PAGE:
Goldberg Coins and Collectibles

Sale 2

Coins, Manuscript and Collectibles Auction

Territorial Gold
Lot Photo Description Realized
Lot 2036
  1842-1852 Bechtler $1 Gold. NGC graded MS-62. Standard weight for August Bechtler of 27 G. of 21-carat fine gold. While these are crude coins in terms of design, they are of course of historical significance because they represent the earliest, though scant, attempts to provide gold for commerical use years before the vast gold fields were discovered in California. Thus we have here one of the first Gold Dollars to appear in the young United States, and a coin made of native ore found in North Carolina. This specimen is fairly normal, showing lots of tiny surface abrasions, but none severe. Its luster is bright, and the crude charm of its design is pleasantly presented. Rare and underrated in comparison to federal gold.
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Lot 2037
  Nearly Mint State $50 Slug. PCGS graded AU-55. A stunning coin for the Territorial specialist. The surfaces show some die rust, which has been reduced by brief circulation. Moderate hairlines are also noted in the fields. The rims don't have the usual heavy dents that seem to plague this issue (they were called "slugs," after all, as all of you will remember, because Barbary Coast kidnappers used them in bandanas to slug captives over the head, then haul them off to indenturedness aboard sailing vessels). The obverse has some tiny areas of tooling where minor marks have been buffed down. The eagle is bold, and the shield too, with full details on every tiny device. Always popular for the engine-turned reverse, which shows virtually no signs of contact. An important and very rare coin indeed.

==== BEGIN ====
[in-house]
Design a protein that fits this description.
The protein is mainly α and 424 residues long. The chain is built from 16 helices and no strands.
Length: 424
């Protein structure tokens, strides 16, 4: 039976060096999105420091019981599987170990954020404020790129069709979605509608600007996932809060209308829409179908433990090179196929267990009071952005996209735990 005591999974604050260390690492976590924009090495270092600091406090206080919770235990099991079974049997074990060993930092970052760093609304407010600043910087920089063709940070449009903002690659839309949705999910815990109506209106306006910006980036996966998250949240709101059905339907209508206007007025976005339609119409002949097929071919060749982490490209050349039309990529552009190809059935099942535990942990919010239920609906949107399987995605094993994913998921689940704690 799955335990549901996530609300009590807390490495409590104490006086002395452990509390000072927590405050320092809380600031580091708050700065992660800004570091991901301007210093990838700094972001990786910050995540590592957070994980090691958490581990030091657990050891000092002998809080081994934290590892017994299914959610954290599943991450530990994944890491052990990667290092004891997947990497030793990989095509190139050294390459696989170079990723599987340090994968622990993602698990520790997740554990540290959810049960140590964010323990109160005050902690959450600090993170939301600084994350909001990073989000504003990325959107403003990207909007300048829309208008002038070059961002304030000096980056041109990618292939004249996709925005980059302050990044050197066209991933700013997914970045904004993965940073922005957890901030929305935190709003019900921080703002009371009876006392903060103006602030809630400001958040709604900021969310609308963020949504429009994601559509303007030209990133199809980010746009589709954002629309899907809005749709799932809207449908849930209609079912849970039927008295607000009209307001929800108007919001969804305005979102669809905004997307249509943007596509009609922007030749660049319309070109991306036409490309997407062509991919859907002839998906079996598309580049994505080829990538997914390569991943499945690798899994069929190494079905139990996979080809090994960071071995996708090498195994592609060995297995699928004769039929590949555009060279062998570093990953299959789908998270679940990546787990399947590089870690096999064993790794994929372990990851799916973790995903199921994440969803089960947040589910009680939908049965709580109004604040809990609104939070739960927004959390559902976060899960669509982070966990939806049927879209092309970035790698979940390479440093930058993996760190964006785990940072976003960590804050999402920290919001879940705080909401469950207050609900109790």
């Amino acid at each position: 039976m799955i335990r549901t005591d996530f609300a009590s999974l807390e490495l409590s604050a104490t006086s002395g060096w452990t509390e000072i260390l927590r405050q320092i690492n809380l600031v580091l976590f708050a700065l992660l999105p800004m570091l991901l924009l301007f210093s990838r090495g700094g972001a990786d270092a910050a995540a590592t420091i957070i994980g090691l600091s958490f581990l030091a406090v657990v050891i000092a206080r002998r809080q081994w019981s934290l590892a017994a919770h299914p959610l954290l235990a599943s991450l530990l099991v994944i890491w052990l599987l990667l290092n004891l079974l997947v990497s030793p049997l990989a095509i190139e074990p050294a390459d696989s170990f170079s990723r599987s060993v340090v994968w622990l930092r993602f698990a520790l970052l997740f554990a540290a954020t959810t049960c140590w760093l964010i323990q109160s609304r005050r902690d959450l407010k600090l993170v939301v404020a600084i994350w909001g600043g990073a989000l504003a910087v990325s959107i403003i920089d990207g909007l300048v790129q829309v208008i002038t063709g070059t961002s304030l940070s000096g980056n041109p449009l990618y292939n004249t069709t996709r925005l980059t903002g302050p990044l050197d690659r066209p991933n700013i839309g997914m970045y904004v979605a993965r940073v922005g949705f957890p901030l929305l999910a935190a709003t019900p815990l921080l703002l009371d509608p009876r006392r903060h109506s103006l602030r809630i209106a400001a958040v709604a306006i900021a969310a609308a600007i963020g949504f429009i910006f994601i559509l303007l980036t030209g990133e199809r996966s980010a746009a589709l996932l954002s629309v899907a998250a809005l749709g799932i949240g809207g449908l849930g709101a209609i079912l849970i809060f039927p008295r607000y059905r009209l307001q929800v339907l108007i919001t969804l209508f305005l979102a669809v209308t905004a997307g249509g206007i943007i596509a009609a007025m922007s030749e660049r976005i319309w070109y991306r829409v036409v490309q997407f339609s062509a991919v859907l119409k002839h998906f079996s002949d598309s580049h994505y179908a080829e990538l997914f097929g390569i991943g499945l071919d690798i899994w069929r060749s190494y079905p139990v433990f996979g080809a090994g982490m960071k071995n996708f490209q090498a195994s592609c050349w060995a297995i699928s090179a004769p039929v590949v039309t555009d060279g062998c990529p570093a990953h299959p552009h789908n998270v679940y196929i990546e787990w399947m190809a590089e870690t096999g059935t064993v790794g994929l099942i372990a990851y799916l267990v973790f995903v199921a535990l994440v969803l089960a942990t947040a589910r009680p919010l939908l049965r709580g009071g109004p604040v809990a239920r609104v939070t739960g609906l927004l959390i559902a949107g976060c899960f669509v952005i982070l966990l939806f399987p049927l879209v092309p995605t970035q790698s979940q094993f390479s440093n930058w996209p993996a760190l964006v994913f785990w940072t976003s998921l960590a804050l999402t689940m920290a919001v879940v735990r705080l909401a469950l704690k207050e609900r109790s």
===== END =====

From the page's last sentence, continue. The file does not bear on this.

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Lot 2038
  1854 Kellogg & Co. $20. Eliasberg. NGC graded MS-61. The Red Book plate coin. Lots of mostly small abrasions as nearly always found on these huge creations, a couple of larger marks on Liberty's face, and a gash on the C of CALIFORNIA in the reverse legend (these identify it as the plate coin). The strike's not perfect, but the immediate impression is of a well-made coin, for Liberty is extremely bold, as is the date. The old-gold color is lovely to behold, as well. In all, an important and historic coin from the West when it truly was the Wild Wild West. Worth a lot of attention and a good winning bid!
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Lot 2039
  1854 Kellogg & Co. $20. PCGS graded AU-58. Kellogg answered to the many pleas of local merchants to "supply the vacuum" of much needed gold coinage in the San Francisco area. Coinage began in February of 1854. Here is a splendid example, with a full, rounded cheek on Liberty, and mountainous curls under her crown. The fields and devices are far cleaner than normally encountered. Obviously, this coin was saved while most others were spent countless times, and banged up by time and circulation. If you have been searching for a really exceptional Kellogg Twenty, then look no further than this lot.
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